“Priority = "critical" OR Budget > 1000000 ORDER BY name ASC”How many large projects are you managing? And how many of them are considered critical? It's important to have a constant oversight over this project list at all times to ensure that strategy and execution are connected.
“Status = "ongoing" AND Country = "US" AND Budget > 100000 ORDER BY name ASC”
There’s a similar motivation behind this question. What smaller projects are we doing? How many there are? If there’s not a proper project initiation procedure, this list may grow uncontrolled, that’s why it can be a good idea (particularly for the CFO and his collaborators) to watch it.
Choose the type of gadget you want to include in Confluence. In this article we are focusing on project tables, which are basically an exported view of the Project Navigator.
Acquiring an app just to place a macro in Confluence might seem like an overkill at first. But wait until you try and test the sheer number of different possibilities. It’s important to note that the app provides value even in the simplest implementations but can become an indispensable part of your Atlassian stack if you decide to put a bit of work into it.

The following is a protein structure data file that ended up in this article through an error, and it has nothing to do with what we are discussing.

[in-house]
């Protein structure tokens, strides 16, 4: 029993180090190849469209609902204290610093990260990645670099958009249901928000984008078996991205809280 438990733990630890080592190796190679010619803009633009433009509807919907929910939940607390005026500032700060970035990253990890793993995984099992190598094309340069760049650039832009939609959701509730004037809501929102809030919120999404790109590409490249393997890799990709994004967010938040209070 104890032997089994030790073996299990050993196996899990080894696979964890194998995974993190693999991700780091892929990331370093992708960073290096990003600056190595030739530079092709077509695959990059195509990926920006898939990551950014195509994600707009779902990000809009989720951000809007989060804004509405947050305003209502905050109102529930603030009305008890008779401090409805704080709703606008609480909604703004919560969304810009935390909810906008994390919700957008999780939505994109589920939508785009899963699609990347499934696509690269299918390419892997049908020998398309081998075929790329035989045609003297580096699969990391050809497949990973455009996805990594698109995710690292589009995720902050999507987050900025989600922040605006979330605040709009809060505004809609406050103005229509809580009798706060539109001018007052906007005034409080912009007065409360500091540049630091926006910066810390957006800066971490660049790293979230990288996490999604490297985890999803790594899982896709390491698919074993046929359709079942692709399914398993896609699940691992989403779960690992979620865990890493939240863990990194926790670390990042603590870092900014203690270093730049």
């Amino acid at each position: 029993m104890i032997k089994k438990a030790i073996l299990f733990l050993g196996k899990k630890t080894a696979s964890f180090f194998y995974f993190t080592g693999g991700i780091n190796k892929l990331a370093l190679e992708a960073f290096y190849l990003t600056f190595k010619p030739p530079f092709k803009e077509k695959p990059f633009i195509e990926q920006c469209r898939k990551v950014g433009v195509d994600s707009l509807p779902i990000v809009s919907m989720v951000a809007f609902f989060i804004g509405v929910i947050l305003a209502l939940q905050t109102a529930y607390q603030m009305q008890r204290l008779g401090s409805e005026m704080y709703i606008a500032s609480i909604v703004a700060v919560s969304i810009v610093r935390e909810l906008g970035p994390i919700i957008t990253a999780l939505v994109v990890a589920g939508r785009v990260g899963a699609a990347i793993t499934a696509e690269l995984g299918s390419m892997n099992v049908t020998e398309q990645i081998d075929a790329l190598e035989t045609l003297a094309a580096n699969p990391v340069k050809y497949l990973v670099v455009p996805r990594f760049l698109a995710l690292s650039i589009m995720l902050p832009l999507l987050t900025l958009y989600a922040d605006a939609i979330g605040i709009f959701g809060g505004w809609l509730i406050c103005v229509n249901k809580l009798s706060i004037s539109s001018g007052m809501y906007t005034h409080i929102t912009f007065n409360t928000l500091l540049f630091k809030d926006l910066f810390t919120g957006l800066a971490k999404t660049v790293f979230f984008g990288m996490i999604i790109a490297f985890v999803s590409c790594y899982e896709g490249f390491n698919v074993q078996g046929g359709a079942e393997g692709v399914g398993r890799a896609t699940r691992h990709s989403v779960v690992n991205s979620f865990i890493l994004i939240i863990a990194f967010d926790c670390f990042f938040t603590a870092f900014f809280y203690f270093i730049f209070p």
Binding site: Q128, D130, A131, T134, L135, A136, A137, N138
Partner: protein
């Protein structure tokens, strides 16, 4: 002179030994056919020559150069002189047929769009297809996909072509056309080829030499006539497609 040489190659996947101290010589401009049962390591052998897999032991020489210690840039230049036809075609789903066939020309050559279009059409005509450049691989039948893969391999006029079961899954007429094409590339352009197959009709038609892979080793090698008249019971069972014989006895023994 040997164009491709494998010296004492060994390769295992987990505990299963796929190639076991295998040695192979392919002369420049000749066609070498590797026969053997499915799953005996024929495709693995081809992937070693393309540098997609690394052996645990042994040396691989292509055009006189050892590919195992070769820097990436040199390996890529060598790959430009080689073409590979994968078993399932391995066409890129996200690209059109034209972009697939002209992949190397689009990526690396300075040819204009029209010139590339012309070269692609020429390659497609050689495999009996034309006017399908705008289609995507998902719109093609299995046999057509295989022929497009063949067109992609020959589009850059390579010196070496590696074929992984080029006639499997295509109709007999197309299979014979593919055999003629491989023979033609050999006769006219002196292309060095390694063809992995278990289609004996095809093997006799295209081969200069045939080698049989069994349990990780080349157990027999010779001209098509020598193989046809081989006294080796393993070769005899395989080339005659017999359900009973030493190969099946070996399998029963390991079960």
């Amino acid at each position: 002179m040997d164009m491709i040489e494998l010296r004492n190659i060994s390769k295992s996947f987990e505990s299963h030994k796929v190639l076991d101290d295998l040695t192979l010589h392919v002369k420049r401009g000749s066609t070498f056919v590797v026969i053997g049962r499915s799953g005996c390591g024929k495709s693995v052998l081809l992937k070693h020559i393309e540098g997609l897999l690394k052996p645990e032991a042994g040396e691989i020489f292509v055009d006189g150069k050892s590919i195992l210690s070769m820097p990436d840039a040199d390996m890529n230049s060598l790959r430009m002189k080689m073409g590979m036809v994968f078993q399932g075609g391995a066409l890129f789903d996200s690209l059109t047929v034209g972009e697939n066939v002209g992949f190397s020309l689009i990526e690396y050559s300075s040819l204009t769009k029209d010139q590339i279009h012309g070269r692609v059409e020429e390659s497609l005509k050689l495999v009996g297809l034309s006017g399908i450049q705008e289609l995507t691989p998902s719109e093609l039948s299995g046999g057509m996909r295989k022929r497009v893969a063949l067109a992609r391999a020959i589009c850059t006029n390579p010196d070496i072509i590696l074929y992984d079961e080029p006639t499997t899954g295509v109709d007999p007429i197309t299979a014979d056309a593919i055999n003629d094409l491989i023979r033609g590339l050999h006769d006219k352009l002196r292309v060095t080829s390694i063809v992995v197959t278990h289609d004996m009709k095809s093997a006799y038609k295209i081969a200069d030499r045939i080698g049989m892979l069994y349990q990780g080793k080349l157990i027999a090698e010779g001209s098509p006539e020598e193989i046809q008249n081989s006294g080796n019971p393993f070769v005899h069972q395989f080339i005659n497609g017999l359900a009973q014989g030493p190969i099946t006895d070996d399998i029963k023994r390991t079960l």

There are basically three steps in the implementation ladder. Each of them corresponds to one of the levels of complexity in the PQL examples above.
Summary: Use Profields to generate reports with data that is already stored in your Jira projects
When to use it: Use a low effort implementation if you only want to have a basic understanding of how many projects you have, and you don’t need to categorize them; or when you don’t want to invest time in creating any new data at project level.
Advantages: Jira already gives you a ton of data! Use timesheet gadgets for an oversight of the time worked in each of your projects without any additional configuration, and progress towards a higher effort approach whenever you need it.
Summary: Leverage automated fields in Profields to create new insights
When to use it: When you want to generate quick wins exploiting data from your issues as project level metrics
Advantages: There’s no need to discuss the advantages of automation. Basically, any work you put into it will save you time down the road. Additionally, you can create simple automations with the cumulative fields; but you can also script anything and it will only be time-intensive at the outset.
Summary: Create and enforce a robust taxonomy of project metadata
When to use it: When you’re a large corporation and a categorized Jira project portfolio is a key asset.
Advantages: This approach allows to have system-wide project data with project end dates, team and role information, or any other type of categories – but it requires a high amount of data input, strong policy enforcement and careful standardization. If done properly, the resulting reports will offer you authentic snapshots of your project portfolio indicating, for example, how many projects have been approved and budgeted for any given business goal and corporate division.